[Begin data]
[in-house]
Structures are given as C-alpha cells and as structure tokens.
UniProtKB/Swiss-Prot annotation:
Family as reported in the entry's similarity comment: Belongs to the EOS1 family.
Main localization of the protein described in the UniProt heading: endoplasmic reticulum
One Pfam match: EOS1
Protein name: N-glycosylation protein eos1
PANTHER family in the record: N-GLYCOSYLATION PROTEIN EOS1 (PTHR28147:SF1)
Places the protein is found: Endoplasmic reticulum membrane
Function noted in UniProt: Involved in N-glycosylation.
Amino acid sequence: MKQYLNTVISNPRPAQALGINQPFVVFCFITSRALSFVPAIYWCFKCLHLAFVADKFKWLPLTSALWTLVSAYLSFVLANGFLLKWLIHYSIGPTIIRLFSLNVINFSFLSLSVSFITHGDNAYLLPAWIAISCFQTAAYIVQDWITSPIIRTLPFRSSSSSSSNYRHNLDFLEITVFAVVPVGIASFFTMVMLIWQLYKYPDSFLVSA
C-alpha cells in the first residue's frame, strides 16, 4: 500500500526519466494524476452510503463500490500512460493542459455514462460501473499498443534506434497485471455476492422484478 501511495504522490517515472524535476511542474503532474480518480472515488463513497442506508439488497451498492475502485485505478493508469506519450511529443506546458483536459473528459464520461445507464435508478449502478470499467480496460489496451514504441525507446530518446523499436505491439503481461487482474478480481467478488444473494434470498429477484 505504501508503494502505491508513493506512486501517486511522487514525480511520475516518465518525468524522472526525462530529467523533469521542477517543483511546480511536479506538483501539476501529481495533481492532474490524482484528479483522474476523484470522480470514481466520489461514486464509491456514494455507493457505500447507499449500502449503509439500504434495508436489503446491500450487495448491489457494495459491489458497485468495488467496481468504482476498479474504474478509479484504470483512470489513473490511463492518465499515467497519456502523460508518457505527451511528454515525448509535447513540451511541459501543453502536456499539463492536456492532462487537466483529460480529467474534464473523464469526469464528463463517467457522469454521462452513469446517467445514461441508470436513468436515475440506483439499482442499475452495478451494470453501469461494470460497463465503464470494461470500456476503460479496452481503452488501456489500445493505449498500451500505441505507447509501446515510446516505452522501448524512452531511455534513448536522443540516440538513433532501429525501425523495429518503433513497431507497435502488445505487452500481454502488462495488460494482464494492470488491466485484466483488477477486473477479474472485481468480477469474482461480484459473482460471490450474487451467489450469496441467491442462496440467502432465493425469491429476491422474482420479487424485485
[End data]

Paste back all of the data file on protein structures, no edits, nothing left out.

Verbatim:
[in-house]
Structures are given as C-alpha cells and as structure tokens.
UniProtKB/Swiss-Prot annotation:
Family as reported in the entry's similarity comment: Belongs to the EOS1 family.
Main localization of the protein described in the UniProt heading: endoplasmic reticulum
One Pfam match: EOS1
Protein name: N-glycosylation protein eos1
PANTHER family in the record: N-GLYCOSYLATION PROTEIN EOS1 (PTHR28147:SF1)
Places the protein is found: Endoplasmic reticulum membrane
Function noted in UniProt: Involved in N-glycosylation.
Amino acid sequence: MKQYLNTVISNPRPAQALGINQPFVVFCFITSRALSFVPAIYWCFKCLHLAFVADKFKWLPLTSALWTLVSAYLSFVLANGFLLKWLIHYSIGPTIIRLFSLNVINFSFLSLSVSFITHGDNAYLLPAWIAISCFQTAAYIVQDWITSPIIRTLPFRSSSSSSSNYRHNLDFLEITVFAVVPVGIASFFTMVMLIWQLYKYPDSFLVSA
C-alpha cells in the first residue's frame, strides 16, 4: 500500500526519466494524476452510503463500490500512460493542459455514462460501473499498443534506434497485471455476492422484478 501511495504522490517515472524535476511542474503532474480518480472515488463513497442506508439488497451498492475502485485505478493508469506519450511529443506546458483536459473528459464520461445507464435508478449502478470499467480496460489496451514504441525507446530518446523499436505491439503481461487482474478480481467478488444473494434470498429477484 505504501508503494502505491508513493506512486501517486511522487514525480511520475516518465518525468524522472526525462530529467523533469521542477517543483511546480511536479506538483501539476501529481495533481492532474490524482484528479483522474476523484470522480470514481466520489461514486464509491456514494455507493457505500447507499449500502449503509439500504434495508436489503446491500450487495448491489457494495459491489458497485468495488467496481468504482476498479474504474478509479484504470483512470489513473490511463492518465499515467497519456502523460508518457505527451511528454515525448509535447513540451511541459501543453502536456499539463492536456492532462487537466483529460480529467474534464473523464469526469464528463463517467457522469454521462452513469446517467445514461441508470436513468436515475440506483439499482442499475452495478451494470453501469461494470460497463465503464470494461470500456476503460479496452481503452488501456489500445493505449498500451500505441505507447509501446515510446516505452522501448524512452531511455534513448536522443540516440538513433532501429525501425523495429518503433513497431507497435502488445505487452500481454502488462495488460494482464494492470488491466485484466483488477477486473477479474472485481468480477469474482461480484459473482460471490450474487451467489450469496441467491442462496440467502432465493425469491429476491422474482420479487424485485